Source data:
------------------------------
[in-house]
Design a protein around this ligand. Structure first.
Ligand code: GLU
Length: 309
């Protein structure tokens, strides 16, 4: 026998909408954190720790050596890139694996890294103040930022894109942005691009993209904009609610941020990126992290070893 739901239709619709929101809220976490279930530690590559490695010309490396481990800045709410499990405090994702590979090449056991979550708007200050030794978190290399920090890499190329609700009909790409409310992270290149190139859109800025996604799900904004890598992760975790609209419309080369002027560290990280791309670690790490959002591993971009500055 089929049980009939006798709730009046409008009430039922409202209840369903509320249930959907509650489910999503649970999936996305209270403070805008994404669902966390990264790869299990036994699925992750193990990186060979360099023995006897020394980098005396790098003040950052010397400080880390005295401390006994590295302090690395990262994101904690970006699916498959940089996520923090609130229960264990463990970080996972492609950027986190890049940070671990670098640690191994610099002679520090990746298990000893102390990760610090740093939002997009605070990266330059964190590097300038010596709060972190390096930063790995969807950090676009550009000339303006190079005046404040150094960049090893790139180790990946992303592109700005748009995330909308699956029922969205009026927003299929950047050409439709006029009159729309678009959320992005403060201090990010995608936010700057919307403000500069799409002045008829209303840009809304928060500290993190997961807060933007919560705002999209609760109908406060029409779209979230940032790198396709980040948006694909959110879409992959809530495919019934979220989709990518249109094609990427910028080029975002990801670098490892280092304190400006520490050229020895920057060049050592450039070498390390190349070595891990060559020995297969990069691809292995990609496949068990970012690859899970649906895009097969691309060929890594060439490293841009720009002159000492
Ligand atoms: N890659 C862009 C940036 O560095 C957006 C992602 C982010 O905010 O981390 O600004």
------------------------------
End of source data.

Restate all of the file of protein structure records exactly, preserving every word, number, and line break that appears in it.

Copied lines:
[in-house]
Design a protein around this ligand. Structure first.
Ligand code: GLU
Length: 309
């Protein structure tokens, strides 16, 4: 026998909408954190720790050596890139694996890294103040930022894109942005691009993209904009609610941020990126992290070893 739901239709619709929101809220976490279930530690590559490695010309490396481990800045709410499990405090994702590979090449056991979550708007200050030794978190290399920090890499190329609700009909790409409310992270290149190139859109800025996604799900904004890598992760975790609209419309080369002027560290990280791309670690790490959002591993971009500055 089929049980009939006798709730009046409008009430039922409202209840369903509320249930959907509650489910999503649970999936996305209270403070805008994404669902966390990264790869299990036994699925992750193990990186060979360099023995006897020394980098005396790098003040950052010397400080880390005295401390006994590295302090690395990262994101904690970006699916498959940089996520923090609130229960264990463990970080996972492609950027986190890049940070671990670098640690191994610099002679520090990746298990000893102390990760610090740093939002997009605070990266330059964190590097300038010596709060972190390096930063790995969807950090676009550009000339303006190079005046404040150094960049090893790139180790990946992303592109700005748009995330909308699956029922969205009026927003299929950047050409439709006029009159729309678009959320992005403060201090990010995608936010700057919307403000500069799409002045008829209303840009809304928060500290993190997961807060933007919560705002999209609760109908406060029409779209979230940032790198396709980040948006694909959110879409992959809530495919019934979220989709990518249109094609990427910028080029975002990801670098490892280092304190400006520490050229020895920057060049050592450039070498390390190349070595891990060559020995297969990069691809292995990609496949068990970012690859899970649906895009097969691309060929890594060439490293841009720009002159000492
Ligand atoms: N890659 C862009 C940036 O560095 C957006 C992602 C982010 O905010 O981390 O600004």